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VATICAN CITY (RNS) The Vatican office responsible for health care matters said Friday (Feb. 5) that it had stopped work on a long-expected study of condoms and AIDS, and that “nothing serious” had been done on the project.
“There was a project, there was, but nothing serious was delivered,”
said Bishop Jose Luis Redrado Marchite, secretary of the Pontifical Council for Health Care Workers, at a Vatican press conference.
Cardinal Javier Lozano Barragan, former head of the health care council, said in 2006 that his staff was preparing a “profound study,” requested by Pope Benedict XVI, that would consider “both the scientific and technical aspects linked to the condom, as well as the moral implications in all their amplitude.”
Catholic teaching forbids the use of condoms as a form of contraception, but no pope has definitively addressed the morality of their use to prevent AIDS and other infectious diseases.
Benedict, however, provoked an international furor last March when he told reporters on a flight to Africa that “one cannot overcome the problems (of AIDS) with the distribution of condoms. On the contrary, they increase the problem.”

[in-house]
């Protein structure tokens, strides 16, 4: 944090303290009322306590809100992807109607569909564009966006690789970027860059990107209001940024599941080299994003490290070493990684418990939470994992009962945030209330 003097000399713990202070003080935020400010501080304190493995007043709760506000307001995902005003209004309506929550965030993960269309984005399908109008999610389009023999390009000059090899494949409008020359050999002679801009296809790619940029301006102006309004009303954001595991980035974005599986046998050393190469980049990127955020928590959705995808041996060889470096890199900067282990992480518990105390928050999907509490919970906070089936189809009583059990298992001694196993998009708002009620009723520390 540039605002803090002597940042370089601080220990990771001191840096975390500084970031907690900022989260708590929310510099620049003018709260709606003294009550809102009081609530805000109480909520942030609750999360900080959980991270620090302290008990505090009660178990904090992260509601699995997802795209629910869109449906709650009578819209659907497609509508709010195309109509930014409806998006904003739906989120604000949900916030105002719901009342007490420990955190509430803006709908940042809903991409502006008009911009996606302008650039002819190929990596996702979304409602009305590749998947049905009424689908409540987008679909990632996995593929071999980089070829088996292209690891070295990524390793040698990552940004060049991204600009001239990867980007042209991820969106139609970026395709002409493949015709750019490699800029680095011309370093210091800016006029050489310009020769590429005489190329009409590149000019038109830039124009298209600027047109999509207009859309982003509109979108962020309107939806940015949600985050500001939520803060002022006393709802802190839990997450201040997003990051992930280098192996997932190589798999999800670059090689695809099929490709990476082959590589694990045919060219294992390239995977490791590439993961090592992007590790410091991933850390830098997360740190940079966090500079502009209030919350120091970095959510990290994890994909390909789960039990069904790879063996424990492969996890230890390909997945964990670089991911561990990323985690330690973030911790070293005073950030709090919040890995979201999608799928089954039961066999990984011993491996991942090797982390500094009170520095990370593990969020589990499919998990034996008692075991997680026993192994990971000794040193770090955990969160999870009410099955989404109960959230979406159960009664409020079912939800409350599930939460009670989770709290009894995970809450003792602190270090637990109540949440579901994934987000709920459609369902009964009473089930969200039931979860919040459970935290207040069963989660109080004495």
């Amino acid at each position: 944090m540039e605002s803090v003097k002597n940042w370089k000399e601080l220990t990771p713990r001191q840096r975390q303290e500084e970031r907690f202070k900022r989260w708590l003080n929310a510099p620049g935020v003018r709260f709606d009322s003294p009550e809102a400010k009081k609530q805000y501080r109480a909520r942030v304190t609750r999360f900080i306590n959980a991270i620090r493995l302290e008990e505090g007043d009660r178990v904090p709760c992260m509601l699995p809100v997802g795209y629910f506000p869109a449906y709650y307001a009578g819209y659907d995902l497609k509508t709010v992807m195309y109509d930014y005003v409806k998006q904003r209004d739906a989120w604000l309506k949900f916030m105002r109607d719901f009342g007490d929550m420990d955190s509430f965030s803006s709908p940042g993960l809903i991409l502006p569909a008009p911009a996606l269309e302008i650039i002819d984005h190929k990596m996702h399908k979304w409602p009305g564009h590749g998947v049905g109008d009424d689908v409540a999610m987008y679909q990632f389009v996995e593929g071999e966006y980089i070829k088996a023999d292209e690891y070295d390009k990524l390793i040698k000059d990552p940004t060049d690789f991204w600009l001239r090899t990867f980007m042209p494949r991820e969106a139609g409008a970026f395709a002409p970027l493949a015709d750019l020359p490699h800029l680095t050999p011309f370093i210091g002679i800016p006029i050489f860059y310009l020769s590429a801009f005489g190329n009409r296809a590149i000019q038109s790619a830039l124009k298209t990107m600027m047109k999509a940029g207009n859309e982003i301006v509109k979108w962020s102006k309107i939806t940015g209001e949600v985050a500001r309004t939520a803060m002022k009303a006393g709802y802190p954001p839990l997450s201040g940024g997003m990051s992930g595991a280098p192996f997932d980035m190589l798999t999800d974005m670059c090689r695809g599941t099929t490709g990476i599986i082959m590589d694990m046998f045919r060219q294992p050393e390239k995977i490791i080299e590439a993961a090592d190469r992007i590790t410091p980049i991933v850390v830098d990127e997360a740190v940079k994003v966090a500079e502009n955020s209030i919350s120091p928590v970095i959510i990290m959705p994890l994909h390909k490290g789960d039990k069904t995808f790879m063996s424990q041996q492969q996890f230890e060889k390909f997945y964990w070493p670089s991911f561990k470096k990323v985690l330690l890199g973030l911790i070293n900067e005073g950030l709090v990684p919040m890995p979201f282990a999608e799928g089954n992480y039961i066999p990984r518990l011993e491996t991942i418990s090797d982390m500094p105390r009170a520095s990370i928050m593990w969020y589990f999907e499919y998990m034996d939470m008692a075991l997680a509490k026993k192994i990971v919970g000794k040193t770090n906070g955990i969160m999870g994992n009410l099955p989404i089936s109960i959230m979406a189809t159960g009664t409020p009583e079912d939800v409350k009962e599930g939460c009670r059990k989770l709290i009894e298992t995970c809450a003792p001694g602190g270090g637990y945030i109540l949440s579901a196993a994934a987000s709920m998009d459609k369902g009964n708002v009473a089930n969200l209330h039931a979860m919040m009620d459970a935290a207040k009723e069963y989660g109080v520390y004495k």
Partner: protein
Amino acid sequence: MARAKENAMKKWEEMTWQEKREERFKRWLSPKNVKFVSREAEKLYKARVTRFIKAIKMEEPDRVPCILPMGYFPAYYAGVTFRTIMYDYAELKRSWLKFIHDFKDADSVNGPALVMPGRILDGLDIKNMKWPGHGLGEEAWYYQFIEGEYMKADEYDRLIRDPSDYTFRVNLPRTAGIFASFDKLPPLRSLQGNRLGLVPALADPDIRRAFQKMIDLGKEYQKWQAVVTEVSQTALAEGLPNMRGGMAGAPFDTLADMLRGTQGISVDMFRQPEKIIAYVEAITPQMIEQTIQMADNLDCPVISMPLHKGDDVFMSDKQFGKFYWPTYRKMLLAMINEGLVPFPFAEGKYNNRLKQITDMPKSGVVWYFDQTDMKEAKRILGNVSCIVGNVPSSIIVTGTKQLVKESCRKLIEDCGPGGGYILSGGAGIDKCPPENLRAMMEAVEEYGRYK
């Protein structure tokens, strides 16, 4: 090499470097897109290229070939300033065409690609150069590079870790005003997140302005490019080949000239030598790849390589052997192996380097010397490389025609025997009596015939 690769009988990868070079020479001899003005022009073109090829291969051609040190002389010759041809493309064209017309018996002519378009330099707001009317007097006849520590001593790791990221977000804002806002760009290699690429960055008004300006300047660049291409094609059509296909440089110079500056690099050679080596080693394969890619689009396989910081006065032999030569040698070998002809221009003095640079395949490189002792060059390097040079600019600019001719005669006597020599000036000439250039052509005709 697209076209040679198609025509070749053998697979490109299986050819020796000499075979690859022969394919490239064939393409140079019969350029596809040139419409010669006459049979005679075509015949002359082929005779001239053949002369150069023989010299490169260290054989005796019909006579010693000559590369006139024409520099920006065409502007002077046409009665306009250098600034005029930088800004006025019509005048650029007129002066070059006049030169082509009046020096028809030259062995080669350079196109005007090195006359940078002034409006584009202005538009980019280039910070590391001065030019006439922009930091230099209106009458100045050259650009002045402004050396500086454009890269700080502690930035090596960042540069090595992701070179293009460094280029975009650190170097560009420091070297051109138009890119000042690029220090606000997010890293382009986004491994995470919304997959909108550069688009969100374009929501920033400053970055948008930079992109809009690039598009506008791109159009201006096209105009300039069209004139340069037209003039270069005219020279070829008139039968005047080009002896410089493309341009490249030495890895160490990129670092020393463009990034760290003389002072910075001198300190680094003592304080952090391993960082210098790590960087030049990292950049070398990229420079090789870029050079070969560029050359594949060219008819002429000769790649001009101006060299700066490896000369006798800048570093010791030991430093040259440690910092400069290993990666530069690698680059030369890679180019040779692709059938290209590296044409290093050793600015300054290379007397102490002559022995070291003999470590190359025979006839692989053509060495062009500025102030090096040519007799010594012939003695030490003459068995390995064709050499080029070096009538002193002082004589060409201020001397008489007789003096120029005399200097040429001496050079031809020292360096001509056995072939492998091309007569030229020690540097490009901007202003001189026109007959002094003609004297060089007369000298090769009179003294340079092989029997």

Lozano retired as head of the health care council last April.
Redrado did not rule out further study of the condom question.
“It is in the air, a study is thought about and talked about,” he said, “but we are not on that track at this time.”
— Francis X. Rocca
Copyright 2010 Religion News Service. All rights reserved. No part of this transmission may be distributed or reproduced without written permission.

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